Good Saturday morning. Pour yourself a strong cup of Joe, settle down into your favorite chair, and enjoy these longer form weekend reads:

• Secrets of the Brain (National Geographic)
• Forget GMO, Monsanto Is Going Organic in a Quest for the Perfect Veggie (Wired)
• ‘It Was Just the Dumbest Luck’ — Facebook’s First Employees Look Back (Mashable)
• How Music Hijacks Our Perception of Time (Nautilus)
Confessions of a TSA Agent: Dear America, I Saw You Naked (Politico)
Silicon Valley: It Doesn’t Have To Be This Way (TechCrunch) see also Too Many Sorry Excuses for Apology (DealBook)
• How Jenna Lyons Transformed J.Crew Into A Cult Brand (FastCo)
• In Conversation: Saturday Night Live’s Lorne Michaels (Vulture)
• Our Interview With Jeopardy! Champion Arthur Chu (Mental Flosssee also Jeopardy’s New Game-Theory Devotee Is One to Keep an Eye On (The Wire)
• The Woody Allen Allegations: Not So Fast (Daily Beast)

What else do you have planned for the weekend?


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Source: WSJ



Category: Financial Press

Please use the comments to demonstrate your own ignorance, unfamiliarity with empirical data and lack of respect for scientific knowledge. Be sure to create straw men and argue against things I have neither said nor implied. If you could repeat previously discredited memes or steer the conversation into irrelevant, off topic discussions, it would be appreciated. Lastly, kindly forgo all civility in your discourse . . . you are, after all, anonymous.

11 Responses to “10 Weekend Reads”

  1. swag says:

    Interactive chronology of data breaches

  2. hue says:

    There’s a Gene for That: Welcome to a new age of biological determinism. (Jacobin)

    Glamor Junkies: The Culture of Heroin Addiction (National Review)

    It was 50 years ago today, Sgt. Pepper taught the band to play: The Beatles first U.S. concert (npr) The Beautiful Flow of Pi (Cool Infographics)

  3. swag says:

    Amanda, @TrappedAtMyDesk on Twitter, Dies, Age Unknown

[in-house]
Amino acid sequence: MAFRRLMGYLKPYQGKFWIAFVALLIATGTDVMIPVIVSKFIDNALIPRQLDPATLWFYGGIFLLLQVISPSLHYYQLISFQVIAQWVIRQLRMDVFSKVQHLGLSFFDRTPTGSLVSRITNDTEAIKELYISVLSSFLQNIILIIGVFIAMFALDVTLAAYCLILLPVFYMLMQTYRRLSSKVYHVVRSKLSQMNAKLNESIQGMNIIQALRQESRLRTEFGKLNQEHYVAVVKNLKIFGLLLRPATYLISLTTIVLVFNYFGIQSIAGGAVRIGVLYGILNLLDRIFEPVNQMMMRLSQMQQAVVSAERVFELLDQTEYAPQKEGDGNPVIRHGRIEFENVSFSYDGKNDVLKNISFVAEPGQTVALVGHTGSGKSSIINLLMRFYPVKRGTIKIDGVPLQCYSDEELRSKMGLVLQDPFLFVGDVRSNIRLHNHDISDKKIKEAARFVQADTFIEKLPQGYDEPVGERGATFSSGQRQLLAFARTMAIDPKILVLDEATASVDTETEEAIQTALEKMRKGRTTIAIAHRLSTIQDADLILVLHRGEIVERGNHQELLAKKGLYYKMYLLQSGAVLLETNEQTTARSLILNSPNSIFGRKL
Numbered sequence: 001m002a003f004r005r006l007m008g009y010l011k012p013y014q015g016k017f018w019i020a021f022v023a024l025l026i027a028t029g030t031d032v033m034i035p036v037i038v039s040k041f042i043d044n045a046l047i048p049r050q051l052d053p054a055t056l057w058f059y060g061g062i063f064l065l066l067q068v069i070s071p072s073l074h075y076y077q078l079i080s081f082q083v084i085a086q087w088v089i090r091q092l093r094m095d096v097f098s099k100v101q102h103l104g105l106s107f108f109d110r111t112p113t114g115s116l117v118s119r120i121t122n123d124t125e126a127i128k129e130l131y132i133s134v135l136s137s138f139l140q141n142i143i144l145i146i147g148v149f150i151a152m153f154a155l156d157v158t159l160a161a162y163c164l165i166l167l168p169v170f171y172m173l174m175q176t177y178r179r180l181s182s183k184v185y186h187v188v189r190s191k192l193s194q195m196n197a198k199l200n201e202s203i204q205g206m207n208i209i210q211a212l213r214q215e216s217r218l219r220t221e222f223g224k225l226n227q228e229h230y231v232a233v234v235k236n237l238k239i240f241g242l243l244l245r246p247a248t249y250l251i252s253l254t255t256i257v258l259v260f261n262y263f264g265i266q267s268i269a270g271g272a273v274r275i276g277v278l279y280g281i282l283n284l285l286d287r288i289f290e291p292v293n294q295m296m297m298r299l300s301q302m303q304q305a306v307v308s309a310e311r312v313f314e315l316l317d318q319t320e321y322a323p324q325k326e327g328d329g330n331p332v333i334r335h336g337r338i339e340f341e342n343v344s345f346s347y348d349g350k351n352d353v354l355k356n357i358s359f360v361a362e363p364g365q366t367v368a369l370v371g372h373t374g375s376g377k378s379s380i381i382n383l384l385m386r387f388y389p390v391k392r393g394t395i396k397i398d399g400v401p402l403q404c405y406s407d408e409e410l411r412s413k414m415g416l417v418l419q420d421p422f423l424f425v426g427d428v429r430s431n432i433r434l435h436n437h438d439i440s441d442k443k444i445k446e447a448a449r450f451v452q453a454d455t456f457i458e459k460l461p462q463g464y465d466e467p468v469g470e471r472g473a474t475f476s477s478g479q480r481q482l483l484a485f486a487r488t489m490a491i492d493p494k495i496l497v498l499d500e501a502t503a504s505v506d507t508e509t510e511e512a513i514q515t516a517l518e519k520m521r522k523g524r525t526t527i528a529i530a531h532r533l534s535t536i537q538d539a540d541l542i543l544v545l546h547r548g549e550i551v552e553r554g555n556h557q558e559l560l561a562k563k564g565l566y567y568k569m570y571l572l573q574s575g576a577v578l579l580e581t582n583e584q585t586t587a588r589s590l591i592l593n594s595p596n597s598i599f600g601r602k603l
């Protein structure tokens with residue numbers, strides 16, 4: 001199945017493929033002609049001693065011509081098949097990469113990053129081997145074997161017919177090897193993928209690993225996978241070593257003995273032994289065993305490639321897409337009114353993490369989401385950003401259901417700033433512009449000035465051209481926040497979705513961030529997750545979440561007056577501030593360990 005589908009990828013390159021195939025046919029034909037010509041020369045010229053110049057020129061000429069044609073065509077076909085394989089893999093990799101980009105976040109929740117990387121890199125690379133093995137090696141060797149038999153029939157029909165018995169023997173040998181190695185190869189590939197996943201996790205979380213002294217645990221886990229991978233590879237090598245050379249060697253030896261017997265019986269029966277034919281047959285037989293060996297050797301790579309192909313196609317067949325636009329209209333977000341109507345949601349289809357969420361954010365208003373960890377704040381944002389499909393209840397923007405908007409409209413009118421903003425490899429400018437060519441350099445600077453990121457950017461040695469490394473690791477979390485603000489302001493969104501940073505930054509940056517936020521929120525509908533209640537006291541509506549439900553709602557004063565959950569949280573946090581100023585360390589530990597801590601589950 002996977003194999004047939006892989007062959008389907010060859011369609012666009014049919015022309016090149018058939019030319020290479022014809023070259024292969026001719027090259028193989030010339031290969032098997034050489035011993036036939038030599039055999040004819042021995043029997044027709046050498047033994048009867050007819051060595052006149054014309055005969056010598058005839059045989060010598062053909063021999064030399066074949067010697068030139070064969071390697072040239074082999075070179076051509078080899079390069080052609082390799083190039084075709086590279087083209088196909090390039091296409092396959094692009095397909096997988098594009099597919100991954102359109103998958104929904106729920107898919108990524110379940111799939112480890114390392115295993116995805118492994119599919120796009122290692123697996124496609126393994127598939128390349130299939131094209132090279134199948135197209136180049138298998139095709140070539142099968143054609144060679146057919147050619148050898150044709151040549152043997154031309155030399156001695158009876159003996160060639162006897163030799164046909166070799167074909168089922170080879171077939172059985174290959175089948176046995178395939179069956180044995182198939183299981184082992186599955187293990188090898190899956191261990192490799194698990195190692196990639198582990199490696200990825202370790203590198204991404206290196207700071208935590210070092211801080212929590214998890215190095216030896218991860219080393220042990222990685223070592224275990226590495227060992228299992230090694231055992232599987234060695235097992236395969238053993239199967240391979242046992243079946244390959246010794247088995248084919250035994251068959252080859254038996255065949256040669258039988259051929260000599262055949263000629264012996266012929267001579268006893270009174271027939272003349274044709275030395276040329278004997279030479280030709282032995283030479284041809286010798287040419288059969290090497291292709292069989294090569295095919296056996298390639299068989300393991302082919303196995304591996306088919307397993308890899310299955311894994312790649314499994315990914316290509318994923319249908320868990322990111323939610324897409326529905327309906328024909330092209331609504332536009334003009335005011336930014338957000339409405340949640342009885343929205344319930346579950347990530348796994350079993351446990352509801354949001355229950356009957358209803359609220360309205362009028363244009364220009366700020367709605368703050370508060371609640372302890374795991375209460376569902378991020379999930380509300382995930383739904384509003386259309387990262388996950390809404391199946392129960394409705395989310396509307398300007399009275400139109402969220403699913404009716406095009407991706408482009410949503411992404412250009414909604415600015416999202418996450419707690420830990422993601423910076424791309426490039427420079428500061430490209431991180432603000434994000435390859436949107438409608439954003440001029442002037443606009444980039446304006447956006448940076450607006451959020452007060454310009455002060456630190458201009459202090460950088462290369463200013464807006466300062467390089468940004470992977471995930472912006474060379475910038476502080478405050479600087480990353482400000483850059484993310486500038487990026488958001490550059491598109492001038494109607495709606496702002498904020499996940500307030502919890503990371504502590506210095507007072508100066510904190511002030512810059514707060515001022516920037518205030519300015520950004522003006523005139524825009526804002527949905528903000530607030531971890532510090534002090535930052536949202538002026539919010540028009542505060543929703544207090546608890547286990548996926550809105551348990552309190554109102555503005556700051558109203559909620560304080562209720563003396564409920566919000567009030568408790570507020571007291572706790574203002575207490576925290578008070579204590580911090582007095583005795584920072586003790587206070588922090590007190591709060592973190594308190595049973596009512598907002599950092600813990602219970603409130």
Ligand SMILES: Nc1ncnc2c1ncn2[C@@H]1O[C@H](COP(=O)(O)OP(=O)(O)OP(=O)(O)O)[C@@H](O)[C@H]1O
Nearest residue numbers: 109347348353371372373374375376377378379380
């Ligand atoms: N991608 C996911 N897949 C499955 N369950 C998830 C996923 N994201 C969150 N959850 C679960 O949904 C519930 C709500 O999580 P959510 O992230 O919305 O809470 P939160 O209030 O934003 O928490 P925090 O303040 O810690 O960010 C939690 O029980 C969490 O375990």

She is survived by her 5,141 followers, but did she ever exist?

  4. chartist says:

    Dear TSA, I just passed two bottles of Sake through your detector for carry-on luggage out of Nagoya, Japan on Saturday…..I didn’t intend to try this it was just my mistake in packing luggage…..But hey, no one is perfect.

  5. Ah, youth. As David Foster Wallace once said, while ruminating on his first novel The Broom of the System, “people in their twenties should be denied pen and paper.”

    Of course he was being facetious and self-effacing, but I could not help be reminded of the quote as I read that piece on Silicon Valley.

    It’s not that Kim-Mai Cutler says anything that’s obviously stupid, but the natural ignorance of youth rumbles under the surface for the entire article only to erupt every now and then in some really suspect ideas.

    “Moreover, tech industry workers are increasingly treated like bankers during 2008 in the mainstream media. It’s strange considering how many people I know who came here because they wanted to work on hard, technical problems with meaningful impact.” Really? Everyone who ever went in to finance never had any hope to have meaningful impact, and if they did, it excuses their deplorable behavior later? Sorry, but your initial intentions are neither relevant nor particularly interesting nor make you very different from other young people.